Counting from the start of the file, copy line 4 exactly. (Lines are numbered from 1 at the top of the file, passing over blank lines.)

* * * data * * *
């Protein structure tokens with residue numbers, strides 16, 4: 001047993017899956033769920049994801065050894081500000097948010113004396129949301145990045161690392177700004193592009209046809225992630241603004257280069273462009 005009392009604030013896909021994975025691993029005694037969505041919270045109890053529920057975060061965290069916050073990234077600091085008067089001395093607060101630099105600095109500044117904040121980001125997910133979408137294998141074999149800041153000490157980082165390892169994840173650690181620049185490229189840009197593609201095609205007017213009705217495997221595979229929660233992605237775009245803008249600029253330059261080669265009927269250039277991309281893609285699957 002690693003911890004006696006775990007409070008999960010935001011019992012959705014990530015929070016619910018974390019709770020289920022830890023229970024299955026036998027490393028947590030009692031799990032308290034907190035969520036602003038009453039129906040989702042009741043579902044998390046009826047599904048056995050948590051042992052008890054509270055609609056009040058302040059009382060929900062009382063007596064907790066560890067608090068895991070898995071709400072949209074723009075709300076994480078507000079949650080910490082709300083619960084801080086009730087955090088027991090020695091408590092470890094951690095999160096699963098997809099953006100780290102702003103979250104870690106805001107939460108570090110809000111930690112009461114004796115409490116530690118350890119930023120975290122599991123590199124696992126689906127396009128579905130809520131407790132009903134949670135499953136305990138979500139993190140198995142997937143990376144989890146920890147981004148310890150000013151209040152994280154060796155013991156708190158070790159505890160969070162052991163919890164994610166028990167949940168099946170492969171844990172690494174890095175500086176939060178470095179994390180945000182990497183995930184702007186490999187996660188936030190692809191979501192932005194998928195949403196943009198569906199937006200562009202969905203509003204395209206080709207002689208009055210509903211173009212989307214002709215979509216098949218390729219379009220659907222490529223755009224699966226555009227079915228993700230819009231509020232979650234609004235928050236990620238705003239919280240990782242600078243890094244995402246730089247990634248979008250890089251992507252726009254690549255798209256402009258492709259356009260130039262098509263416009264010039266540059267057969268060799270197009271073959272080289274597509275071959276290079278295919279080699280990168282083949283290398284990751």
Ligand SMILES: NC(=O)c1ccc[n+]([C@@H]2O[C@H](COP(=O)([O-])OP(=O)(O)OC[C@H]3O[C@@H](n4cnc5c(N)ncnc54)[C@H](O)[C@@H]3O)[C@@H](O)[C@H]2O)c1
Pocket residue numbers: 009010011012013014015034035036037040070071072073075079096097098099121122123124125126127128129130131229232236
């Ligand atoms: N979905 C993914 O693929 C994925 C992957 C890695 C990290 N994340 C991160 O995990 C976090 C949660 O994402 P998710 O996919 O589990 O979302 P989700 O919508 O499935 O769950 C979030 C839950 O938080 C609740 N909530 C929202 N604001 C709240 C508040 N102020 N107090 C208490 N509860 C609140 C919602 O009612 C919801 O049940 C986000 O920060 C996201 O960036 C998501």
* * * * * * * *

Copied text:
């Ligand atoms: N979905 C993914 O693929 C994925 C992957 C890695 C990290 N994340 C991160 O995990 C976090 C949660 O994402 P998710 O996919 O589990 O979302 P989700 O919508 O499935 O769950 C979030 C839950 O938080 C609740 N909530 C929202 N604001 C709240 C508040 N102020 N107090 C208490 N509860 C609140 C919602 O009612 C919801 O049940 C986000 O920060 C996201 O960036 C998501």